No. 160.-report of Col. William H. Stephens, Sixth Tennessee Infantry, commanding Second Brigade.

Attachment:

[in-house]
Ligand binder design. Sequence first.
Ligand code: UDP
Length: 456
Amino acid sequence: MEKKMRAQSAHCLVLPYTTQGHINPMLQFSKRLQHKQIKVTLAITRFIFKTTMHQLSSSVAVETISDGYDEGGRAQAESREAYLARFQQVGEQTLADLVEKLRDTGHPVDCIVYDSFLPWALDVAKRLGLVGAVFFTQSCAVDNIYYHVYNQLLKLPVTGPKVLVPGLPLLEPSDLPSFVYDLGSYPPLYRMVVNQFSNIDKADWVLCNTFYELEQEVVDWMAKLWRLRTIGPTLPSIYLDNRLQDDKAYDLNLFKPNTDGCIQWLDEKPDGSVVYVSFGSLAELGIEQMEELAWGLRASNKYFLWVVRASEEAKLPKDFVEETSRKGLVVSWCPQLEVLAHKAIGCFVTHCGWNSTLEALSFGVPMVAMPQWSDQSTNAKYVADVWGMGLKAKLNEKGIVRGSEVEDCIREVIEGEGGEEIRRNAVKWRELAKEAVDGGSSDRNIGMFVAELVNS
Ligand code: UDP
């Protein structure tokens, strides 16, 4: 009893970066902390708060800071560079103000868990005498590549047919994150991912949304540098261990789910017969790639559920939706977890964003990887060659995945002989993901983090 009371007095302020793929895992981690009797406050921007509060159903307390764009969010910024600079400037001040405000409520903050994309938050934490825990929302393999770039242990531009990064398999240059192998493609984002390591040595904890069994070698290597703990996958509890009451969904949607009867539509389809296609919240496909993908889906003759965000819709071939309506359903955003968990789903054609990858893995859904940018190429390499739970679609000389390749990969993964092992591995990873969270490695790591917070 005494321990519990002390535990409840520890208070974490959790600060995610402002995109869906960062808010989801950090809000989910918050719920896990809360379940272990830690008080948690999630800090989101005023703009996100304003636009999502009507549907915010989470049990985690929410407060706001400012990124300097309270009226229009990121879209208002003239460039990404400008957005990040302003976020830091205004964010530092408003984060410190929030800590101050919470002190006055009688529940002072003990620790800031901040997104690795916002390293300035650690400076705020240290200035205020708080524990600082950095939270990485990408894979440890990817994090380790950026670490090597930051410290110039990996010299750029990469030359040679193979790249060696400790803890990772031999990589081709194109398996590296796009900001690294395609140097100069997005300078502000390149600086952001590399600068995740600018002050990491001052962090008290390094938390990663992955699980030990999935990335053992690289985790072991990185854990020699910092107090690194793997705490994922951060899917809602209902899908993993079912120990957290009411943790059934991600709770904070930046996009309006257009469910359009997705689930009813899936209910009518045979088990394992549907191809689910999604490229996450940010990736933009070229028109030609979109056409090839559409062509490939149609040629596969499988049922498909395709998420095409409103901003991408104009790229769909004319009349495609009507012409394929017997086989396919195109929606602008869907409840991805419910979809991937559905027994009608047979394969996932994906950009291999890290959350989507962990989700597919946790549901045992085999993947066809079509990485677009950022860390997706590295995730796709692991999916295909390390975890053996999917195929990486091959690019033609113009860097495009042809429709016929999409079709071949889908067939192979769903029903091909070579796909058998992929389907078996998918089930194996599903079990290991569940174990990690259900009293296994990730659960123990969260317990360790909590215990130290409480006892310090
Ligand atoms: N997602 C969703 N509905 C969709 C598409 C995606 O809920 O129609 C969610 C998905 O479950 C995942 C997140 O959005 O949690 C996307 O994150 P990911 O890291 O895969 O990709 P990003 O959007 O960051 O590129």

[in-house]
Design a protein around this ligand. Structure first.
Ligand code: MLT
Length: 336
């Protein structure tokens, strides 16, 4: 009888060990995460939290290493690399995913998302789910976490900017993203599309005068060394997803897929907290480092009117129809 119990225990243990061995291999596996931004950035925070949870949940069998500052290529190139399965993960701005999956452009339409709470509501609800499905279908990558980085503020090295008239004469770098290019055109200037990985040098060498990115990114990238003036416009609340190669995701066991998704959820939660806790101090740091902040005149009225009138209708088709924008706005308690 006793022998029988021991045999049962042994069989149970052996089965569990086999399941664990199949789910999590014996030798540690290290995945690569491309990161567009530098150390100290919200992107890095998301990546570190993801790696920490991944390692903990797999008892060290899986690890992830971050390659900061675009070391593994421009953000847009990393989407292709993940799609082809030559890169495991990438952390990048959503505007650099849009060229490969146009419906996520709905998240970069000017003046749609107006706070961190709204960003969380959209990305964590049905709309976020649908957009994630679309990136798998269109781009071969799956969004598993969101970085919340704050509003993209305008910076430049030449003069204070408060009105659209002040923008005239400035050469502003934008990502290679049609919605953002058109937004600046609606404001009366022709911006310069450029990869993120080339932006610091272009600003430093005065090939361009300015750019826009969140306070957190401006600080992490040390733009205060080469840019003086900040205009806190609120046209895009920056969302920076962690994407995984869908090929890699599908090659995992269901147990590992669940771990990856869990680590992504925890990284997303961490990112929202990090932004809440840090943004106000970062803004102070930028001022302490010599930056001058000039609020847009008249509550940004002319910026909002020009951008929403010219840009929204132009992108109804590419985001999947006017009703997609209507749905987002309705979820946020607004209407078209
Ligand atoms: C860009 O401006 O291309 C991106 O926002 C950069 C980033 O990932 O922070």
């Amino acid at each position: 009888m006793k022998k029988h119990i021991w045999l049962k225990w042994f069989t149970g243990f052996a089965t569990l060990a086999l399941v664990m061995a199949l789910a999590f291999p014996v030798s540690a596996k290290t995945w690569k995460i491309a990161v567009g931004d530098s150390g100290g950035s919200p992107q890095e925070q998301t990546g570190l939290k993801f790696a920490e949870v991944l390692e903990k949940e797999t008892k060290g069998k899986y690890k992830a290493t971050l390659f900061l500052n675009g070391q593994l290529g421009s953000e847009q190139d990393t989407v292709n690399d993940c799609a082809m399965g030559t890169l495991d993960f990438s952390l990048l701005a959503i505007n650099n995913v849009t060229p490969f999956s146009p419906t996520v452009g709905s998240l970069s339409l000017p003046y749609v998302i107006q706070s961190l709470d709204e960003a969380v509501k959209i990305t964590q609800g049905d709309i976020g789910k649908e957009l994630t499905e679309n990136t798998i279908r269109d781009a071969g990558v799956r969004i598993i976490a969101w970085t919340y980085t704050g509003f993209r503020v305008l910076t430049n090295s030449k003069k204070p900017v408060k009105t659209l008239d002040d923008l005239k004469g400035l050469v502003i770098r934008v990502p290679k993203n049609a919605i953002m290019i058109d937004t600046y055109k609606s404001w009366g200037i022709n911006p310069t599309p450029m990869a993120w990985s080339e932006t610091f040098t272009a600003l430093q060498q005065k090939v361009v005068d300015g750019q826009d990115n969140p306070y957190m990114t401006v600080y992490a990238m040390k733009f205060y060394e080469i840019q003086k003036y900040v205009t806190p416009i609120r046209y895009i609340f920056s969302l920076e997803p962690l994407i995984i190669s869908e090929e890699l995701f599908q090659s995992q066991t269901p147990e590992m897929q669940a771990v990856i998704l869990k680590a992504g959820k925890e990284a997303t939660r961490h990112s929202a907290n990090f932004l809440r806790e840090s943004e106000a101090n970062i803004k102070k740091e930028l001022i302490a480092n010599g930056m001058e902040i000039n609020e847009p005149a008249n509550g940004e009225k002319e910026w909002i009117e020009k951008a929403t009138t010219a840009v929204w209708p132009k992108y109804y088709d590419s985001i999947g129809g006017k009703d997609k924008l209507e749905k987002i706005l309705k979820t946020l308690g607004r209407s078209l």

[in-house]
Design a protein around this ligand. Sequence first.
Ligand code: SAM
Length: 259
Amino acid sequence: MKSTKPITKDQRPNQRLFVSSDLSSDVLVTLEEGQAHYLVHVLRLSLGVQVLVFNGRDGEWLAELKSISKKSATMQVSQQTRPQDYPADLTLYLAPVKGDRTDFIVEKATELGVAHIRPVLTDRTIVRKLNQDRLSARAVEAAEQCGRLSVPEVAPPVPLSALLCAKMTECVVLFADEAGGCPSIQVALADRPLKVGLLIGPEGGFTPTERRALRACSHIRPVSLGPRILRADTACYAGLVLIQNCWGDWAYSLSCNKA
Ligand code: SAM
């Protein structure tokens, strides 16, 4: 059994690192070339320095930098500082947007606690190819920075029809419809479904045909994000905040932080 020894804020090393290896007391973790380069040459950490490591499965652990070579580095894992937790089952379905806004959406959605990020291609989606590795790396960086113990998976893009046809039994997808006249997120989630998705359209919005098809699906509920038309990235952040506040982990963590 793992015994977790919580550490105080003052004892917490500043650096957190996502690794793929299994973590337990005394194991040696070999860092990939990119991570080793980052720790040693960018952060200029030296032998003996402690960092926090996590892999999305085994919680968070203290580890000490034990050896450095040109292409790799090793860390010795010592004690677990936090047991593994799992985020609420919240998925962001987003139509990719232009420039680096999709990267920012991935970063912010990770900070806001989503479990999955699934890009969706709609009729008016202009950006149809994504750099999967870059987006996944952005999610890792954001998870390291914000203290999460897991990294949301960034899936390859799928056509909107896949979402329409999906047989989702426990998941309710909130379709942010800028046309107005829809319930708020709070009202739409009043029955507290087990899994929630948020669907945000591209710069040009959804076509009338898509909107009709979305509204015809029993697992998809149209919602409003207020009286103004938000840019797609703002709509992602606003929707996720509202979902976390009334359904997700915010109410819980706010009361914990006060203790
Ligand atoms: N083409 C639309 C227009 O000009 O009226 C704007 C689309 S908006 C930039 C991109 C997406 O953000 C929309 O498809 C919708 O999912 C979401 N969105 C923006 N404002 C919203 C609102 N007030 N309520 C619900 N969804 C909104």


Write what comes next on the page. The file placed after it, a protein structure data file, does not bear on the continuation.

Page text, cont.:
headquarters Sixth Tennessee Regiment, Corinth, Miss., April 17, 1862.Colonel: Being directed by Major-General Cheatham, early on the  morning of the 6th instant, to remain in command of my old brigade (Second) until Colonel Maney should arrive upon the field, I respectfully submit a report of its operations on that day: The brigade then upon the field consisted of the Sixth Tennessee Regiment, commanded by Lieut. Col. T. P. Jones; the Ninth Tennessee Colonel Douglass, and the Seventh Kentucky, Colonel Wickliffe, and Capt. M. Smith's light battery. The only report made to me is that of Lieutenant-Colonel Jones, herewith submitted.1 Shortly before the charge was ordered, as referred to in the report of Lieutenant-Colonel Jones, I was thrown from my wounded horse, which accident, added to extreme weakness — the consequence of an attack of illness from which I had just prematurely risen-disabled me from rendering active assistance during the engagement. I nevertheless joined in the gallant charge made by the brigade upon the batteries, my position being near the right of the Sixth Tennessee. After this regiment and the Seventh Kentucky fell back from the open field my efforts were directed to rallying them under cover of the timber. These efforts were continued until I was overcome by exhaustion, after which I took no active part in the field operations of the day. The conduct of the officers and men of the Sixth Tennessee Regiment came under my immediate notice, and much praise is due to them generally for their conduct on that trying occasion. Lieutenant-Colonel Jones and Capt. John Ingram were conspicuous for their gallantry, and Maj. George C. Porter and Lieut. R. C. Williamson, the adjutant of the regiment, exhibited much courage upon the field. My staff officers, Lieut. Isaac M. Jackson, assistant adjutant-general; William D. Stephens and Thomas A. Henderson, my aides-de-camp, and Capt. A. L. Swingley, of the Army of Missouri, who acted as my volunteer aide, were courageous and efficient in the discharge of their respective duties. The first named was mortally wounded on the 7th; the second received three severe wounds on the 6th, and the third was slightly wounded on the 7th. Dr. E. B. Law, acting assistant surgeon Sixth Tennessee Regiment, was prompt, efficient, and utterly regardless of danger in relieving the wounded upon the field. Your obedient servant,